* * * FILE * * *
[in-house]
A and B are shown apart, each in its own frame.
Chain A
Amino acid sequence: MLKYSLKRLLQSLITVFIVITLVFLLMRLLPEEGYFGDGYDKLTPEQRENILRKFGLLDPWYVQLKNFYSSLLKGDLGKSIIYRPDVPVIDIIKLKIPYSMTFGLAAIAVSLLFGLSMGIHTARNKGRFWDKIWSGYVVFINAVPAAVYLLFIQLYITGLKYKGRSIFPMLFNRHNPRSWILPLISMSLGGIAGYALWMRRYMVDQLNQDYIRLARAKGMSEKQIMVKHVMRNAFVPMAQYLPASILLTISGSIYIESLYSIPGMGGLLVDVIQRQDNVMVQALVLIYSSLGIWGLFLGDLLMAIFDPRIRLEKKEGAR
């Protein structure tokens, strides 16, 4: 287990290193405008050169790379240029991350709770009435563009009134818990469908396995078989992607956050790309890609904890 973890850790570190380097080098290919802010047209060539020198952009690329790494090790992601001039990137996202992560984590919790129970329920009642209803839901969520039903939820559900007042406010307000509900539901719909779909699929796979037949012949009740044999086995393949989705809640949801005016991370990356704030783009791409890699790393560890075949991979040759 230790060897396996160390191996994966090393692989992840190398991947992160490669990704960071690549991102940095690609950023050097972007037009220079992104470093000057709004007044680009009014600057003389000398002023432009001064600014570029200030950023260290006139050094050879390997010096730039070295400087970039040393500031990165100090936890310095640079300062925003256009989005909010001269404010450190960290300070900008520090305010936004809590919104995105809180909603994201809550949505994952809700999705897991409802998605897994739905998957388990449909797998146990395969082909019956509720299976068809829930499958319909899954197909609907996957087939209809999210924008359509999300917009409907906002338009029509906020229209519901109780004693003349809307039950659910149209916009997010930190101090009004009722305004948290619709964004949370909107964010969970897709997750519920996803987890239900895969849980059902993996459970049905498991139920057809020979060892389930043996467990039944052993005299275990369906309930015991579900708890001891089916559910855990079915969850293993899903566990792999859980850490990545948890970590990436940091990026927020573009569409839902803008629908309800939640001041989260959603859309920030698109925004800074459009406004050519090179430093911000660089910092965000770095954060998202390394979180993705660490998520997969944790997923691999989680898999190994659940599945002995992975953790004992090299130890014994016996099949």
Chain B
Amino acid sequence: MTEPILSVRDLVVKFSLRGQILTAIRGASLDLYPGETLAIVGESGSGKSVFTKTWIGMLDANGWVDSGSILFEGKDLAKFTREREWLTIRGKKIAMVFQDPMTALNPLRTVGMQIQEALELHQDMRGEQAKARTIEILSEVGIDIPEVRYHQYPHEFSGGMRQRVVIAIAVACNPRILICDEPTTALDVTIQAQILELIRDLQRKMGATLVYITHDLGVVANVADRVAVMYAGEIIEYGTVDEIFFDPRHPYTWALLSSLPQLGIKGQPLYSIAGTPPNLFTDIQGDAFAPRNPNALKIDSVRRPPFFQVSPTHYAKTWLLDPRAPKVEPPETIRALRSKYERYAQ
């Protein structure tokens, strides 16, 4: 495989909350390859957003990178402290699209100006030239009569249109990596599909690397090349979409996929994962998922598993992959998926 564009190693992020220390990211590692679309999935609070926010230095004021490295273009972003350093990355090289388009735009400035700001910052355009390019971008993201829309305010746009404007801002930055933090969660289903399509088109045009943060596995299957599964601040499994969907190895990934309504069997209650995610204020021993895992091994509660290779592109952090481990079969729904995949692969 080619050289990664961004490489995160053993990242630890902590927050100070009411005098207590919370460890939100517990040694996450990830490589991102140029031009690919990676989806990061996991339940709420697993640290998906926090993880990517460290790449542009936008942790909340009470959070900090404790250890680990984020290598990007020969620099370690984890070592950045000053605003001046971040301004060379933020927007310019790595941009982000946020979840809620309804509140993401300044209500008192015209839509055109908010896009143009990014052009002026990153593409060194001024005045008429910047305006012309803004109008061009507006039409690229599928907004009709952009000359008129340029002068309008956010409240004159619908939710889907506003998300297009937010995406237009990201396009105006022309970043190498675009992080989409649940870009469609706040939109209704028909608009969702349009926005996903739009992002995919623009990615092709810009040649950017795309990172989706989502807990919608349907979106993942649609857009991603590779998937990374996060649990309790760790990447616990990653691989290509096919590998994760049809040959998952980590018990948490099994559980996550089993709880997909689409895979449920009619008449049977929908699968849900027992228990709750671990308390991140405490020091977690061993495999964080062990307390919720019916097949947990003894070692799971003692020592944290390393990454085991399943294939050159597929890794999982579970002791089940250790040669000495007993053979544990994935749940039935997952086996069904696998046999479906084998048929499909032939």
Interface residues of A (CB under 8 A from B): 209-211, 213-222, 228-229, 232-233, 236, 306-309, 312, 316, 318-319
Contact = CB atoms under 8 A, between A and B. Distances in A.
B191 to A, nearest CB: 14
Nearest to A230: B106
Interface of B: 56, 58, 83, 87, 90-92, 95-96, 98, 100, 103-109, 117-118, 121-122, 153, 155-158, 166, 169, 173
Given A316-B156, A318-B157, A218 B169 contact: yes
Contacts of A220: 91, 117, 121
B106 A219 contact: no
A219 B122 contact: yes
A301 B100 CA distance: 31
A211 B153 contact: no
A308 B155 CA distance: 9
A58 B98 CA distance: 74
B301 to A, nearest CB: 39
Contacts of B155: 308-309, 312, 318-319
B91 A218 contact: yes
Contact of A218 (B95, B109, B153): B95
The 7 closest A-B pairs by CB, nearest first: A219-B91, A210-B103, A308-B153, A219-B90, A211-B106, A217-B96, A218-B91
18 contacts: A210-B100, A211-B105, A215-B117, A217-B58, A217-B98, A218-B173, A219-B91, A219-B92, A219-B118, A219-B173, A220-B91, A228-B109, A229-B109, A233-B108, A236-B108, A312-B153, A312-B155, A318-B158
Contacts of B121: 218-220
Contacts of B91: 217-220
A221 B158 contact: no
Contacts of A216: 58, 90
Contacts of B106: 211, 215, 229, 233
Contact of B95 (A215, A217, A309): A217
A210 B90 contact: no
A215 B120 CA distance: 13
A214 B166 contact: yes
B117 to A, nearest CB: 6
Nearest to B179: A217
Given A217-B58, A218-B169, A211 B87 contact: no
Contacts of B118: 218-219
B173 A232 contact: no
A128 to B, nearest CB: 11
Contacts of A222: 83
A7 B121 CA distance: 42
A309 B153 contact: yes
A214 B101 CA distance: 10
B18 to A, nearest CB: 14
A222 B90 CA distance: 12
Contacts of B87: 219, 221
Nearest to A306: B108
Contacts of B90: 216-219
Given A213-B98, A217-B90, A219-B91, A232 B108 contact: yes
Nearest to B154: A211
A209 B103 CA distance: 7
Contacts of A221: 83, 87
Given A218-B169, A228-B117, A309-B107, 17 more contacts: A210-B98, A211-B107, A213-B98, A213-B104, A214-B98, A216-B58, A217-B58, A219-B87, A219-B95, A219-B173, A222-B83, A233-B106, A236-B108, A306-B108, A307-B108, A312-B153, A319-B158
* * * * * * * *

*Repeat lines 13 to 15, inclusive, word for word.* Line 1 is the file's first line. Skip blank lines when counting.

Interface of B: 56, 58, 83, 87, 90-92, 95-96, 98, 100, 103-109, 117-118, 121-122, 153, 155-158, 166, 169, 173
Given A316-B156, A318-B157, A218 B169 contact: yes
Contacts of A220: 91, 117, 121